On February 14, 1956, the Georgia General Assembly passed legislation calling for the protection, cleaning and maintenance, and display of historic Confederate flags at the State Capitol.
On February 14, 1958, the Georgia General Assembly passed a resolution purporting to censure President Dwight D. Eisenhower for using National Guard troops in the integration of schools in Little Rock, Arkansas.
On February 14, 1977, the B-52s played their first gig at a Valentine’s Day party in Athens.
Later that year, the group began making regular runs in the Wilson family station wagon up to New York City for gigs at seminal New Wave clubs like Max’s Kansas City and CBGB’s. With Kate and Cindy in their mile-high beehive wigs and 60s thrift-shop best, and Fred looking like a gay, demented golf pro, the B-52s made an immediate impression on the New York scene, and their independently produced single, “Rock Lobster,” became an underground smash.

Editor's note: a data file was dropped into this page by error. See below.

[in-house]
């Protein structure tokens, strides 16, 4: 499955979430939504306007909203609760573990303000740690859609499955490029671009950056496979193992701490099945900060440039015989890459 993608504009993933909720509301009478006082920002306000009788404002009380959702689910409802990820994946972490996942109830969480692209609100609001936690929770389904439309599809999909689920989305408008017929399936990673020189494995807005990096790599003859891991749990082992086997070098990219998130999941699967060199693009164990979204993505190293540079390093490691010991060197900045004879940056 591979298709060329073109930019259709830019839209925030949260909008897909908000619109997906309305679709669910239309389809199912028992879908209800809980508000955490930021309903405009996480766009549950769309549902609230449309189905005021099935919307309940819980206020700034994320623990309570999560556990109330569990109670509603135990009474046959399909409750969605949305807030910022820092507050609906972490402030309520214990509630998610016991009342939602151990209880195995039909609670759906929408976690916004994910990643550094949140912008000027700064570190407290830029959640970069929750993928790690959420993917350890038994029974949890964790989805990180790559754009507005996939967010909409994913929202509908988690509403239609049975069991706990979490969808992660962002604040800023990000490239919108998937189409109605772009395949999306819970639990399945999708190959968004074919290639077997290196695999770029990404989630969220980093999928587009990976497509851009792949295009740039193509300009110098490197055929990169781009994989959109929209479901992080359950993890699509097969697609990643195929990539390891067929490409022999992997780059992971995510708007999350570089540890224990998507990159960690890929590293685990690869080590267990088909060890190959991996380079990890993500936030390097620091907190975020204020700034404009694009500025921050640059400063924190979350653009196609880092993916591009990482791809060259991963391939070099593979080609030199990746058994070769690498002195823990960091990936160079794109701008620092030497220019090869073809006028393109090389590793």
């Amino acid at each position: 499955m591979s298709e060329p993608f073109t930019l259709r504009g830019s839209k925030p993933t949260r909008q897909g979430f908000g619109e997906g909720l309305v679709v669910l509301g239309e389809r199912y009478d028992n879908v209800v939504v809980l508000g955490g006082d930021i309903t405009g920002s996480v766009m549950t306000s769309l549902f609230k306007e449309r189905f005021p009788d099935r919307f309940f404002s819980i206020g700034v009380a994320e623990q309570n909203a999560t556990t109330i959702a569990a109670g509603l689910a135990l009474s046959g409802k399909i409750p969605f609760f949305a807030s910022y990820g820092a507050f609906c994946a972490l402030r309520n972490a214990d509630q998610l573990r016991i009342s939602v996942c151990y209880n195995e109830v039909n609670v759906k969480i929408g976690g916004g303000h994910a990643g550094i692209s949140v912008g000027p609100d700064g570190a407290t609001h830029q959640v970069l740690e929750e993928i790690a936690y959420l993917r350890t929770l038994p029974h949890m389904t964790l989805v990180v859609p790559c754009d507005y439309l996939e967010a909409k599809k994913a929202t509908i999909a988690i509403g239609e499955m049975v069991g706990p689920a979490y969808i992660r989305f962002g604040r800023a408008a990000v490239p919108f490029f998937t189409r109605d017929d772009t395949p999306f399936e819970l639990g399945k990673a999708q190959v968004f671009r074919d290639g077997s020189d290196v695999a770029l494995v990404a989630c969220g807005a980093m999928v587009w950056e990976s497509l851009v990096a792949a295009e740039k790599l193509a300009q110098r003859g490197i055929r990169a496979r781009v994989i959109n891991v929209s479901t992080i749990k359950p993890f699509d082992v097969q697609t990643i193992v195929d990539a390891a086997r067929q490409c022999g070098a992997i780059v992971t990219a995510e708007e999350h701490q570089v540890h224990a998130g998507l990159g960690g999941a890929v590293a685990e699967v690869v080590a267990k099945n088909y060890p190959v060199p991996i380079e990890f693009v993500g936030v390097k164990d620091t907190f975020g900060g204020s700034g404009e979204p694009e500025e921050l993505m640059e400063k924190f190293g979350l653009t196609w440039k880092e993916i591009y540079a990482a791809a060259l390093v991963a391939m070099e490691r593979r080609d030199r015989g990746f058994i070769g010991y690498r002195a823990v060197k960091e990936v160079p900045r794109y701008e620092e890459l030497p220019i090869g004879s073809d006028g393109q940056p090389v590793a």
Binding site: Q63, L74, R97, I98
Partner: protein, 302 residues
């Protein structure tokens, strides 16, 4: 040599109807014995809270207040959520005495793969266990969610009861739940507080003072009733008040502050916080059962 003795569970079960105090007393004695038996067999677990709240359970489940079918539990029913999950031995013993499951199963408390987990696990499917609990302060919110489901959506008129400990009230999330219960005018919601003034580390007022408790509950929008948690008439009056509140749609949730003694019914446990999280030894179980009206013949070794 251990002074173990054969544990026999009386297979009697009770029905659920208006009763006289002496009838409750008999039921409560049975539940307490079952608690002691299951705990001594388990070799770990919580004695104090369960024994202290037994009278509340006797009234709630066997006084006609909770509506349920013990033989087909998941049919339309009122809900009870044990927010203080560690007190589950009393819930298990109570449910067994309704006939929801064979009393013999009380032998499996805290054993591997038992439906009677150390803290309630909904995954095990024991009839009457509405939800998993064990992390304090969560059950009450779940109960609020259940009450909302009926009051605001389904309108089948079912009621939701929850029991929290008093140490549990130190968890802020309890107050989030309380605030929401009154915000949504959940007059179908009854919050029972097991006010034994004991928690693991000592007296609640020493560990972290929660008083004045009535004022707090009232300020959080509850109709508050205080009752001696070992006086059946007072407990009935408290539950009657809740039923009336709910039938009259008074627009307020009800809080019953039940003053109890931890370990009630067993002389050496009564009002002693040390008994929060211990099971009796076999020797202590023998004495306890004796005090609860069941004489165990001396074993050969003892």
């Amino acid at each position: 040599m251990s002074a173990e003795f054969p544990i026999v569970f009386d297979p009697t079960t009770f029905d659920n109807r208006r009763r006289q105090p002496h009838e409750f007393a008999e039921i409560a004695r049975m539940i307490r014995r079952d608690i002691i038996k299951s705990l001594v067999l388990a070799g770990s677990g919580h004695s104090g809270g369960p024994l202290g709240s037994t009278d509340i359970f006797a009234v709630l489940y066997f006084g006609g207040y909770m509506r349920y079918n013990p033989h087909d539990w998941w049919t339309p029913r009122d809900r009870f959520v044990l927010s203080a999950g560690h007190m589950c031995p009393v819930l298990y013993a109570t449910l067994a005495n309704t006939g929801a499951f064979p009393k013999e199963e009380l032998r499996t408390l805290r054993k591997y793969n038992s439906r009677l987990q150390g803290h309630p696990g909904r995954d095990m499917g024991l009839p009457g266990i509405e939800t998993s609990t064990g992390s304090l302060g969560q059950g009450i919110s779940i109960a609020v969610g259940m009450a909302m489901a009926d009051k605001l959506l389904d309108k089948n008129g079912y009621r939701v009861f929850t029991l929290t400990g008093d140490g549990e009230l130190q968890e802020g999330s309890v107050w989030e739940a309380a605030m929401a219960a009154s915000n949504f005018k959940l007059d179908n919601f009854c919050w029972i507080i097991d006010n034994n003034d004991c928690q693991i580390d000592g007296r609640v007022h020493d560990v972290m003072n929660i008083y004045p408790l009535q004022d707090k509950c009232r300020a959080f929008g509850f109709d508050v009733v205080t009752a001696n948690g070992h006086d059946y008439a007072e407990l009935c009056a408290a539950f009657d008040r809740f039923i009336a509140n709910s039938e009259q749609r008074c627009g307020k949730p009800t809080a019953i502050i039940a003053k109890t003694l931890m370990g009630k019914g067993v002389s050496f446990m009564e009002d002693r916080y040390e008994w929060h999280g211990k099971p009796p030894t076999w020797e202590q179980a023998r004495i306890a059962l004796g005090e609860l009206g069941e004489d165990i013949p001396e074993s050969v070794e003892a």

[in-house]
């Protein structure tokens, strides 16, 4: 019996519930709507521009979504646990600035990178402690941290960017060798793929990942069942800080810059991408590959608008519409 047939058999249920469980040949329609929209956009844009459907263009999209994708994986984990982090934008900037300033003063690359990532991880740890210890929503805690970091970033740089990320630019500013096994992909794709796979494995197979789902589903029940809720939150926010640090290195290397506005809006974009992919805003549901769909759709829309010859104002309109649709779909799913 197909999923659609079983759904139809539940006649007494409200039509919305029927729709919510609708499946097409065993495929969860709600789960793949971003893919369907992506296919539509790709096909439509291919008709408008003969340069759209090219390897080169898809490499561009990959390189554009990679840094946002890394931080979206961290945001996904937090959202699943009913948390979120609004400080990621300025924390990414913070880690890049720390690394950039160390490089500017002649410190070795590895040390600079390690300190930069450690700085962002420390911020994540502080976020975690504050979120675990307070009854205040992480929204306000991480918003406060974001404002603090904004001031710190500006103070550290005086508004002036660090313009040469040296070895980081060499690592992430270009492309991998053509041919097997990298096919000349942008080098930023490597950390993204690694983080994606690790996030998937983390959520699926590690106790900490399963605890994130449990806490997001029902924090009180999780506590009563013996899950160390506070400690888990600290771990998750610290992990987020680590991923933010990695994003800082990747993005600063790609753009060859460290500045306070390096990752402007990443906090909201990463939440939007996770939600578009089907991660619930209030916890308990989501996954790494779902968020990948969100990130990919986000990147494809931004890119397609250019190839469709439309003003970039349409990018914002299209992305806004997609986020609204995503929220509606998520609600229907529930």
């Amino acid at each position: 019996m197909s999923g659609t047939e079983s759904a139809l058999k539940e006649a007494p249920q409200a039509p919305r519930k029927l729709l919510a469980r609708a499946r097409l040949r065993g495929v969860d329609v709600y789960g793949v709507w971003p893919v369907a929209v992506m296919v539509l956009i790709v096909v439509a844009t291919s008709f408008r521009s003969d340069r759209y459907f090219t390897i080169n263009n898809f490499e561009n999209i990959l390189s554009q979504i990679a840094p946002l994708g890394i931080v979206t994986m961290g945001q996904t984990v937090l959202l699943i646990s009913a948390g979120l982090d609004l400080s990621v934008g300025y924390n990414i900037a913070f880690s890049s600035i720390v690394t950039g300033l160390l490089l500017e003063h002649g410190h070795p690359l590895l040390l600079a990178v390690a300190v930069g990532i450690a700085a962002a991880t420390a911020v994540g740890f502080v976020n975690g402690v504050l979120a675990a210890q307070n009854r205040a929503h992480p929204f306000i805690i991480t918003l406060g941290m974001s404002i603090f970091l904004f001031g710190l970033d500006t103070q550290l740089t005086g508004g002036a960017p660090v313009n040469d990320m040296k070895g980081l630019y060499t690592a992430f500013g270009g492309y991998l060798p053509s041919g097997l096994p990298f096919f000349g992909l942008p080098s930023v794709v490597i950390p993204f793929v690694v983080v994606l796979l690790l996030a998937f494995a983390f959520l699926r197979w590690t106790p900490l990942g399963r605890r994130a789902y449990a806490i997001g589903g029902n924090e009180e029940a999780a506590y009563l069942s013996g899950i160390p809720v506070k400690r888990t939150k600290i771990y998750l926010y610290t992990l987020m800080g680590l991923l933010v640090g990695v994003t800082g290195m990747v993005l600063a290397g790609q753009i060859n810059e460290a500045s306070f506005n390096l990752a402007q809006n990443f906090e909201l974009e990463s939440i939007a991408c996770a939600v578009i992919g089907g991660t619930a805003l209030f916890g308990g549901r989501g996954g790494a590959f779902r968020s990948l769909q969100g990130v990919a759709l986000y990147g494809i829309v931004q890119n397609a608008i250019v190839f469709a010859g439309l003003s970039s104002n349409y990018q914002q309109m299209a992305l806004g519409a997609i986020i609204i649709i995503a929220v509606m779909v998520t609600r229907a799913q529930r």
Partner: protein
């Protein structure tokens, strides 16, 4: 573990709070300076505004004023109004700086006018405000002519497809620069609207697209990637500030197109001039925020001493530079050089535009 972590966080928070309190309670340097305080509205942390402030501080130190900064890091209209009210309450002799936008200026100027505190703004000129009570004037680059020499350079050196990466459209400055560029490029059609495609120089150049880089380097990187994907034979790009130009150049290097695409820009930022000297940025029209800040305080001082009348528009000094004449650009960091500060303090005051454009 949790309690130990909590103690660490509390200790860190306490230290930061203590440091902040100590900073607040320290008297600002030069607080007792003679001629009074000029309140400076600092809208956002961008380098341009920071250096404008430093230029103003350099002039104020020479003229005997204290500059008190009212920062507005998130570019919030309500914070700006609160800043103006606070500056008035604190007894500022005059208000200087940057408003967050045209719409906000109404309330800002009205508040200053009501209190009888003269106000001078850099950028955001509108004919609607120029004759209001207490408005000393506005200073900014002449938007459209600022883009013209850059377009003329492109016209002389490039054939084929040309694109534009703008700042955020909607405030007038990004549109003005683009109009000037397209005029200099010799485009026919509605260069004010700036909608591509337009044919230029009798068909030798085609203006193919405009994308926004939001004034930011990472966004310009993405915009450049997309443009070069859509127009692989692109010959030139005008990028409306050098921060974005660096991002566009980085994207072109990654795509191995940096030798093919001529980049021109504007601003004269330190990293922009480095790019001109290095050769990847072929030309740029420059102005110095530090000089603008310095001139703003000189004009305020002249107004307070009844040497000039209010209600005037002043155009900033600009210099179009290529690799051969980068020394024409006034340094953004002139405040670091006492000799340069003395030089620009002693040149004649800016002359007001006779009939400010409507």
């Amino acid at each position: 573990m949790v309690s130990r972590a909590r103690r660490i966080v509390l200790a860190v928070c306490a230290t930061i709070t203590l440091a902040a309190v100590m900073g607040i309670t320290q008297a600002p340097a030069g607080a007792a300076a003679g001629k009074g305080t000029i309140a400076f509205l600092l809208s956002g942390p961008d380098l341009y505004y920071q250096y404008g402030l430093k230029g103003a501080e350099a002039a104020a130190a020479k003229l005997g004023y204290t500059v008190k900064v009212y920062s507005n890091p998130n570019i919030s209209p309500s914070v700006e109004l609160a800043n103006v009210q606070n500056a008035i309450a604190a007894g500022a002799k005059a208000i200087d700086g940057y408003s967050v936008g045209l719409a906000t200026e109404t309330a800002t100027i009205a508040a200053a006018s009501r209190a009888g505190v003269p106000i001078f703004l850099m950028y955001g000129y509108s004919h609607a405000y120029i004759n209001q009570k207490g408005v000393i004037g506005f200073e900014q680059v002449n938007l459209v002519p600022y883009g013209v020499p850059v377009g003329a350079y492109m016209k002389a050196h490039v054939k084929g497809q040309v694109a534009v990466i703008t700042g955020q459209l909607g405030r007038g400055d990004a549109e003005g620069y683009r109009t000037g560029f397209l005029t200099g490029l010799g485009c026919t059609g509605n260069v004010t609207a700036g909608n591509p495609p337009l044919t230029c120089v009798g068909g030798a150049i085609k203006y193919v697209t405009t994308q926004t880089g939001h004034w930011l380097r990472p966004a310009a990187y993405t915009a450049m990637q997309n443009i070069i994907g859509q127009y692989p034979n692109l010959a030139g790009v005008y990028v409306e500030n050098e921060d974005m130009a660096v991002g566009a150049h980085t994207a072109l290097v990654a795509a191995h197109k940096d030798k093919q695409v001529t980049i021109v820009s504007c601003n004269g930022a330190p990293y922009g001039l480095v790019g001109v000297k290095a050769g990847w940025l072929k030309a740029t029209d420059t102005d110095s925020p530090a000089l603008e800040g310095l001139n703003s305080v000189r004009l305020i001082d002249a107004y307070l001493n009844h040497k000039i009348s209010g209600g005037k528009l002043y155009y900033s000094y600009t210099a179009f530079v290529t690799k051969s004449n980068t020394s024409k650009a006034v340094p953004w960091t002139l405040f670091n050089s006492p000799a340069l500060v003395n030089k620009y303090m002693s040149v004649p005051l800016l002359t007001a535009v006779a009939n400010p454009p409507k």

The B-52s are still in business three decades later, minus Ricky Wilson, who died of AIDS in 1985. Significantly, their success is widely credited for establishing the viability of the Athens, Georgia, music scene, which would produce many minor successes and one massive one—R.E.M.—in the years immediately following the breakthrough of the B-52′s.
On February 14, 2012, we published the first edition of the GaPundit daily political news, featuring dogs. We originally thought that the dogs would be temporary until enough people complained about them that we felt the need to go to once a week. We were surprised that the adoptable dogs have become the signature of GaPundit’s otherwise-political offerings and our greatest success.
He said his priorities will be to make sure the community and South Georgia are given the same priority as the rest of the state.
LaHood stated he would “preserve our conservative South Georgia values. As a Christian, I will not apologize for my faith, and I will never back down from protecting our values.”
He would “protect taxpayers by using my business experience to bring a results-driven approach to state government.”